My understanding of posthumanism draws from Rosi Braidotti’s The Posthuman 2013 and Cary Wolfe’s What is Posthumanism 2010. I am interested in critical posthuman theory and how this functions as a ‘navigational tool’ and ‘ethical compass’ (Braidotti 2013) to navigate the complexity of the times: characterised by techno-scientific acceleration, ecological crisis, advanced capitalism and increasing social political instability. Furthermore, I see posthumanism as the opposite of transhumanism and its tendency towards abandonment of the human in favor of enhancement and bio-technological advancement or as Wolfe puts it, its instance on: ‘transcending the bonds of materiality and embodiment altogether’ (Wolfe 2010).

If I am to consider art in relation to the posthuman, I would refer to artworks that do not simply represent or illustrate posthuman thematics. I would like to advocate for more attentive, accountable critical works that raise questions about the nature of ethics and subjectivity in our times. I recently encountered Heidi Kumao’s Protest (2015) at CCCB in Barcelona. The work consists of two aluminum legs the size of a 6-year-old child wearing tap shoes standing on square white table. The limbs are fastened together by steel bolts, the motors are visible and red wire curls from the joints into the wall where the legs are fastened. As gallery visitors approach the robot it does not mimic, it disobeys, stamps loudly, resists and even plays with the responses and reactions of the visitor. It is irregular, unpredictable and at times downright petulant defying demands and expectations through its movement. It resists the kind of robotic subjectivity currently being developed and marketed across the world to service purely human needs and appears to have agency of its own. I would consider this work post-anthropocentric and therefore posthuman as it deals with non-human agency critically, ethically and most importantly with a sense of humour.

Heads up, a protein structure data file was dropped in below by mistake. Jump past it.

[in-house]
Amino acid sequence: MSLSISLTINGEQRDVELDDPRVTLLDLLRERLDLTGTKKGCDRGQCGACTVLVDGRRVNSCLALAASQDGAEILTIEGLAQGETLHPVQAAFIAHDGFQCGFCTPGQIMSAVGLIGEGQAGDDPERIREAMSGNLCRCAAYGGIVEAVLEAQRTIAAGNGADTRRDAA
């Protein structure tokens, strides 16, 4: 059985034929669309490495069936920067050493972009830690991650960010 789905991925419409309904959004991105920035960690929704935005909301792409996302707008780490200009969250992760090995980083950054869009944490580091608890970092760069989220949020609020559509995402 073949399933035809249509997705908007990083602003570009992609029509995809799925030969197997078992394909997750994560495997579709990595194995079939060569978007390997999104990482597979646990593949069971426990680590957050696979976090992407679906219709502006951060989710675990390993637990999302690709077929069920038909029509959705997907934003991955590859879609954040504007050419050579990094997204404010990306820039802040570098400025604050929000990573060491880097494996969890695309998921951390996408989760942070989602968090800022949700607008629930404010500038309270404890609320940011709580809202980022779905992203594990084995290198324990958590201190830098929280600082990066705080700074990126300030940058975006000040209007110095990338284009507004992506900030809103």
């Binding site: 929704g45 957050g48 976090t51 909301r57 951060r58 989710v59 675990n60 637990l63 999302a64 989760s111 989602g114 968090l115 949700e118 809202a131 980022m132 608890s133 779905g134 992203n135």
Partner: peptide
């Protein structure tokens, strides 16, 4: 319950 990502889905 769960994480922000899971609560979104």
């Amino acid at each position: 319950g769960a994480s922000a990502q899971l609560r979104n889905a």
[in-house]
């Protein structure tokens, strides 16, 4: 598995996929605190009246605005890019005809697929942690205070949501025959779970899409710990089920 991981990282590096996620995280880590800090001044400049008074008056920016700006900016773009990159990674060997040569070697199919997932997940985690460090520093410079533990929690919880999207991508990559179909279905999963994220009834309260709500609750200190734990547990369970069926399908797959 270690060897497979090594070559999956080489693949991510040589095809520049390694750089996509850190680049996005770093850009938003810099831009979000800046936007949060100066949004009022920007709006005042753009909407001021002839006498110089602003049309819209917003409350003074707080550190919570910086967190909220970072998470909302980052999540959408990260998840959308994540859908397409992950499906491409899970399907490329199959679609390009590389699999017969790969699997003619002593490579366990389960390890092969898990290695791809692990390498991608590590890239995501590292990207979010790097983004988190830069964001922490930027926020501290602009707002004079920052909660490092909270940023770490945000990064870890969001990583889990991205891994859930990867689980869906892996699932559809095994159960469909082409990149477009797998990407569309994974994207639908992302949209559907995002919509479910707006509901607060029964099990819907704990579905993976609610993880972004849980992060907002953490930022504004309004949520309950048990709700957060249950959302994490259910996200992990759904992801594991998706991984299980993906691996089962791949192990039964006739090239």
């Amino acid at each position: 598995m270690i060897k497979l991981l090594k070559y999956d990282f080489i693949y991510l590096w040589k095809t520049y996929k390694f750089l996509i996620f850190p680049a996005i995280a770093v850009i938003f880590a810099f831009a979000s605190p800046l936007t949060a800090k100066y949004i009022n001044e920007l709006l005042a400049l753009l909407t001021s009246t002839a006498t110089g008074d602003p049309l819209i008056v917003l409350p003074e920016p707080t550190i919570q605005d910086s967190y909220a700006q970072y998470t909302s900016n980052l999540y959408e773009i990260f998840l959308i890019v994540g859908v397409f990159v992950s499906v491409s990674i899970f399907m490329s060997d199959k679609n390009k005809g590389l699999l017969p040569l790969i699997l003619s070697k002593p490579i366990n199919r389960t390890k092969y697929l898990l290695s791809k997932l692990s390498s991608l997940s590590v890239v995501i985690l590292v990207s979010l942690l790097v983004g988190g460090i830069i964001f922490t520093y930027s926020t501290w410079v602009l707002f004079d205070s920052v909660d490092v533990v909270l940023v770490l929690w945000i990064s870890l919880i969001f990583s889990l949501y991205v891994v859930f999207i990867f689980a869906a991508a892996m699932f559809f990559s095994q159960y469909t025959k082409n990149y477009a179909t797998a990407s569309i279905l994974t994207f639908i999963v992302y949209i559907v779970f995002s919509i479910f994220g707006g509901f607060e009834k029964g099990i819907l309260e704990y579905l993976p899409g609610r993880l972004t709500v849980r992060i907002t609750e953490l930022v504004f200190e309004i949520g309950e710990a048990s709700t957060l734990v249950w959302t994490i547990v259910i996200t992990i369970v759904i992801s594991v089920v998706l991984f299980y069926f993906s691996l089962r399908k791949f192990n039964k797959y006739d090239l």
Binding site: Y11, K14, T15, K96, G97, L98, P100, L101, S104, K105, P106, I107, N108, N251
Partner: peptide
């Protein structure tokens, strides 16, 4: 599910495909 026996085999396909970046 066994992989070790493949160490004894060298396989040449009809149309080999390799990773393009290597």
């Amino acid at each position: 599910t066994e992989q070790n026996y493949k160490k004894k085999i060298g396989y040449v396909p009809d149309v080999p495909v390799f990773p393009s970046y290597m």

Braidotti, R. (2013) The Posthuman. Cambridge: Polity Press

Wolfe, C. (2009) What is Posthumanism? Minneapolis: University of Minnesota Press

Protest, 2015, Heidi Kumao [online] Available from: [Accessed 7/10/16]

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2 Comments on "Protest"

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Ângela Longo
I agree with your position: an artwork has to engages critically and furthermore ethically with our times. I didn’t know this artist but it strikes me as a powerful work. When I look at the pictures the robot has legs and shoes in a anthropomorphic way but it disobeys or act with their “own” will. Power of control is at stake here, also the hubris nature of creating. What I like the most is the union of this with the title “Protest”, it puts agency on something that it isn’t alive. It put’s thought in movement and art, it’s protest… Read more »
Jelica Veljovic

Helen I really liked your example, because it shows the possibility of independent development and improvement of the machinistic bodies such as robots, and their further gaining of consciousness separated from human-like form! It is certailny one of the biggest posthuman and transhuman dilemmas and discussions.